Introduced species in lakes


Fishing in high mountain lakes: a traditional activity that turned into a conservation problem

In the Pyrenees, there has been a process of introduction and historical exploitation initially affecting approximately 25% of the lakes that goes back at least to the fourteenth and fifteenth centuries. These historical introductions used native trout fry from nearby rivers. During the second half of the twentieth century there was a significant increase in trout releases using large quantities of juvenile fish of different species from local fish farms. These modern practices have resulted in an increase in the proportion of high mountain lakes with fish, between 40% and 90% depending on the area.

At present 32% of the lakes in the SCI Alt Pallars and 75% in the SCI Aigüestortes have been stocked with fish. Salmonids introduced in the Pyrenees include brown trout (Salmo trutta), rainbow trout (Oncorhynchus mykiss) and brook trout (Salvelinus fontinalis). The European minnow (Phoxinus sp.), a small Cyprinid, has also been introduced in many of the lakes in the Pyrenees, but in this case, the arrival is related with its use as live bait for fishing trout.

In the Italian Alps, 89% of the lakes in Mont Avic Natural Park and 35% in the Gran Paradiso National Park have been stocked with fish. The species introduced in Mont Avic Natural Park are Arctic char (Salvelinus alpinus), the European minnow (Phoxinus spp.), the Italian riffle dace (Telestes muticellus), brown trout (Salmo trutta) and rainbow trout (Oncorhynchus mykiss); and the species introduced in Gran Paradiso National Park are brook trout (Salvelinus fontinalis) and brown trout (Salmo trutta).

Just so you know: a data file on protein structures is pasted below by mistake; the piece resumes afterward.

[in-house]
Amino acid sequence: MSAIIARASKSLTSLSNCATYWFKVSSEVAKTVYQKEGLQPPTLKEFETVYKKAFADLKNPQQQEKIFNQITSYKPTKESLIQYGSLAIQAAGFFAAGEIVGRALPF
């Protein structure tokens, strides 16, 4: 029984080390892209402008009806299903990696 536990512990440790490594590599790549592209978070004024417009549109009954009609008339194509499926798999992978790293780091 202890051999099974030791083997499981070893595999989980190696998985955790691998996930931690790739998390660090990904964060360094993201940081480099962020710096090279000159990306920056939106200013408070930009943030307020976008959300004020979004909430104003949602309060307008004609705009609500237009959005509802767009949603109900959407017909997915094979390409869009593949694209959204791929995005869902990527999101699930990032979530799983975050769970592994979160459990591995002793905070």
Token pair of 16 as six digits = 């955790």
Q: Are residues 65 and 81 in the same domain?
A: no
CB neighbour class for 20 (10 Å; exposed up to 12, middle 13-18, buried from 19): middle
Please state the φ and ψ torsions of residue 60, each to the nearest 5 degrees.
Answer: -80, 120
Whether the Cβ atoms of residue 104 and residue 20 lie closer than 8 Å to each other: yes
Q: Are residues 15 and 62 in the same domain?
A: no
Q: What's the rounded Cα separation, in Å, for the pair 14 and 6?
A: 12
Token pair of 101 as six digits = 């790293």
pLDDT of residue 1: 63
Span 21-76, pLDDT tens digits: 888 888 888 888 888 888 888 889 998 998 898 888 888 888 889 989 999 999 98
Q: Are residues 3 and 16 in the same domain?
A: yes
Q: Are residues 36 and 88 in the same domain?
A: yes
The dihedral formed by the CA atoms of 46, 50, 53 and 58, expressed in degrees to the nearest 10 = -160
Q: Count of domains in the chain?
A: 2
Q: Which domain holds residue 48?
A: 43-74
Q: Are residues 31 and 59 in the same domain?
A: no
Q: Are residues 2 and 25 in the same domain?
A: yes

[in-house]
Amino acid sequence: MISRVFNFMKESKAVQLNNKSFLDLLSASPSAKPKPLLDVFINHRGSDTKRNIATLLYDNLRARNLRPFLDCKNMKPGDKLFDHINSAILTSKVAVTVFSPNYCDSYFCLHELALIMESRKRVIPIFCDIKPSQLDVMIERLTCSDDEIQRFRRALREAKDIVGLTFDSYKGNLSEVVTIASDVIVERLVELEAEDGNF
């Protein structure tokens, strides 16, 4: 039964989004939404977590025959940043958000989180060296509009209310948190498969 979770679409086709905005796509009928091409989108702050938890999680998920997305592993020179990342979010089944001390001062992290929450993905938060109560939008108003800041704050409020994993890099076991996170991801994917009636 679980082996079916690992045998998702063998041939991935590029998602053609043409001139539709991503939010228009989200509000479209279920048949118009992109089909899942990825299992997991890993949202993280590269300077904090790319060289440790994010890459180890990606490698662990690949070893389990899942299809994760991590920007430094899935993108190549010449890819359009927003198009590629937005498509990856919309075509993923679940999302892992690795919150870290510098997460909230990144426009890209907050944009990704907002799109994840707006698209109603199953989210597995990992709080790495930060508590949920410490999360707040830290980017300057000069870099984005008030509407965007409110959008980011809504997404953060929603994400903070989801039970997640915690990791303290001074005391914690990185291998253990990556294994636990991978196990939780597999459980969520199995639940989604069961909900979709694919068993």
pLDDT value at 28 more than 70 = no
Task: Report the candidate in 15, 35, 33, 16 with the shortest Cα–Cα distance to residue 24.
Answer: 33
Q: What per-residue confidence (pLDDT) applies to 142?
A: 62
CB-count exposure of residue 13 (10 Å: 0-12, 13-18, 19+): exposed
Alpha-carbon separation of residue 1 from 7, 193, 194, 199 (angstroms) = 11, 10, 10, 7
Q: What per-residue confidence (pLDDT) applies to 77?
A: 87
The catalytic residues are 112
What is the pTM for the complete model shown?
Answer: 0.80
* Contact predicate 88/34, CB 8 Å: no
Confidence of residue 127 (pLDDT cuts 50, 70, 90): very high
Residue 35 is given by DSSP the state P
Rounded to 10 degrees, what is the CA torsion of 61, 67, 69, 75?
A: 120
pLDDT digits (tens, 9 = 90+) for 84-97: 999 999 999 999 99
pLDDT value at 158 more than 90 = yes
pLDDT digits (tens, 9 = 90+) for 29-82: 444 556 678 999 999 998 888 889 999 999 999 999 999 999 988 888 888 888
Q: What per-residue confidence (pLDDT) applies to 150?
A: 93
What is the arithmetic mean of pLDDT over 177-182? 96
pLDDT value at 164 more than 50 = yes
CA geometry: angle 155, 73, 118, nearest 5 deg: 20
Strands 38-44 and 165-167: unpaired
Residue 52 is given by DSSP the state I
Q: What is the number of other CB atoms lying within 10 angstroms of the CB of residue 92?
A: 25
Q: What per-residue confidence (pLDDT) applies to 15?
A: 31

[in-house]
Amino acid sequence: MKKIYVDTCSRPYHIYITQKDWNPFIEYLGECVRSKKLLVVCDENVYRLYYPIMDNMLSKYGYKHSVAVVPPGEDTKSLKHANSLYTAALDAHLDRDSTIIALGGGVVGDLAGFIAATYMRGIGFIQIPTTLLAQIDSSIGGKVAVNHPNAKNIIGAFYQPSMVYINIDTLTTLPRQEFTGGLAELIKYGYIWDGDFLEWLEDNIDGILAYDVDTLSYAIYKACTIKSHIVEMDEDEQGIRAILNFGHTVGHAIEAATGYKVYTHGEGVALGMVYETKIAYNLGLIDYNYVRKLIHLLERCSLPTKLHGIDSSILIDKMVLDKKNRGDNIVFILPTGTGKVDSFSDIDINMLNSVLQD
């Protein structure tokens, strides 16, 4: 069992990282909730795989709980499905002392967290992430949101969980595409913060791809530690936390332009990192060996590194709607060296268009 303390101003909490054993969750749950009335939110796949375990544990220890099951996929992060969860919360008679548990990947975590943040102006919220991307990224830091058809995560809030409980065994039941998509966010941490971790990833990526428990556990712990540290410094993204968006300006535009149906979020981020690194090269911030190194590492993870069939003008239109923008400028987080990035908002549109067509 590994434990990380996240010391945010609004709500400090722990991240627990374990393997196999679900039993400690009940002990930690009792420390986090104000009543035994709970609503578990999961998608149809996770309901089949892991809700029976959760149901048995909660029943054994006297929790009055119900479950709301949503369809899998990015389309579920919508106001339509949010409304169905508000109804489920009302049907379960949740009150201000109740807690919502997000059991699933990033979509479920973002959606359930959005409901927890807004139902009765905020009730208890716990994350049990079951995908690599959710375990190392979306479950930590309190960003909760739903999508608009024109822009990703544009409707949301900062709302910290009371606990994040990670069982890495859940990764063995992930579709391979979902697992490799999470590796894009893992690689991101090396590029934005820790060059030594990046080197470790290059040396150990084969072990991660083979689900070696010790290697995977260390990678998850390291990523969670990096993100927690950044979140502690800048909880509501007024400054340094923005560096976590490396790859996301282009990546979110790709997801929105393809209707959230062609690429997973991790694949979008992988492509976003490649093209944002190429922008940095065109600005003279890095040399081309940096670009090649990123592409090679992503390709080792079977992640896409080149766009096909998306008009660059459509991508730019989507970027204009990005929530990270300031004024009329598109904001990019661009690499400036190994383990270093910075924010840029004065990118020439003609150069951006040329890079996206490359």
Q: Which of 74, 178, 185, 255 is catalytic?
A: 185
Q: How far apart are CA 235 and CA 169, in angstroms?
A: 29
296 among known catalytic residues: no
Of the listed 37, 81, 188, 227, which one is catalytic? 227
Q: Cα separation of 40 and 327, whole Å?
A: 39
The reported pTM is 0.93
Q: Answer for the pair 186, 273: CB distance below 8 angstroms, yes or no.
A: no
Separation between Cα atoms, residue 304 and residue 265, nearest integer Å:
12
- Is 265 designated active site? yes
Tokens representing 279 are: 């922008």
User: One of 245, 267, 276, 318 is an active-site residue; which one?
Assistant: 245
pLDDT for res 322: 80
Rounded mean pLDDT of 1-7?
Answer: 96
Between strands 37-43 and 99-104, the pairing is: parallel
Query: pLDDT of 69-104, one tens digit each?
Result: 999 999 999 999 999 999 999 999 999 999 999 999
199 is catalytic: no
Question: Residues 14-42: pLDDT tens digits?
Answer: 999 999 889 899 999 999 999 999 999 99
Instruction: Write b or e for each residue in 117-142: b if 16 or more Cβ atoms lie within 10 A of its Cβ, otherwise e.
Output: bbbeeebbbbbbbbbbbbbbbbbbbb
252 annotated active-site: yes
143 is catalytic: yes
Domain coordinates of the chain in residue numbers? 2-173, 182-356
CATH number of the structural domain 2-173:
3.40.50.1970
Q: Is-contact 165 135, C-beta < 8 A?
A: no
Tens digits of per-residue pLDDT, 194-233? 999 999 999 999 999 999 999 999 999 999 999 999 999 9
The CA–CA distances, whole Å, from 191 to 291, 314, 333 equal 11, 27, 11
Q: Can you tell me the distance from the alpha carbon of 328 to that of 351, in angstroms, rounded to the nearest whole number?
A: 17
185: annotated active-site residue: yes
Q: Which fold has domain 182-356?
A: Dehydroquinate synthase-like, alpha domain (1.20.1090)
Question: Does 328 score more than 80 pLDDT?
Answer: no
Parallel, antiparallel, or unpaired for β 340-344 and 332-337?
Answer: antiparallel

Fish habitat preferences partially or totally overlap those of the project target species (C. asper, A. obstetricans, R. temporaria, G. pyrenaicus), which spend all (the amphibians) or part (G. pyrenaicus) of their life in lakes and ponds for reproduction, larval development, feeding, etc. This overlap usually produces an exclusion pattern, where target species are brought to local extinction (by direct predation) or displaced (by predator avoidance) or elimination of resources (in the case of G. pyrenaicus) by fish. These introduced fish also affect terrestrial insectivores relying on aquatic food subsidies, such as bats (R. hipposideros, B. barbastellus, M. myotis, M. blythii, M. bachsteini, N. lasiopterus and P. macrobullaris). Therefore, fish introduction is the main threat for these target species in high mountain lakes.

Brook trout

Salvelinus fontinalis
Allochthonous | Introduced in lakes

Brown trout

Salmo trutta
Allochthonous | Introduced in lakes

Danubian minnow

Phoxinus csikii
Allochthonous | Introduced in lakes

Garonne minnow

Phoxinus dragarum
Allochthonous | Introduced in lakes

Languedoc minnow

Phoxinus septimaniae
Allochthonous | Introduced in lakes


Phoxinus spp.
Allochthonous | Introduced in lakes

Rainbow trout

Oncorhynchus mykiss
Allochthonous | Introduced in lakes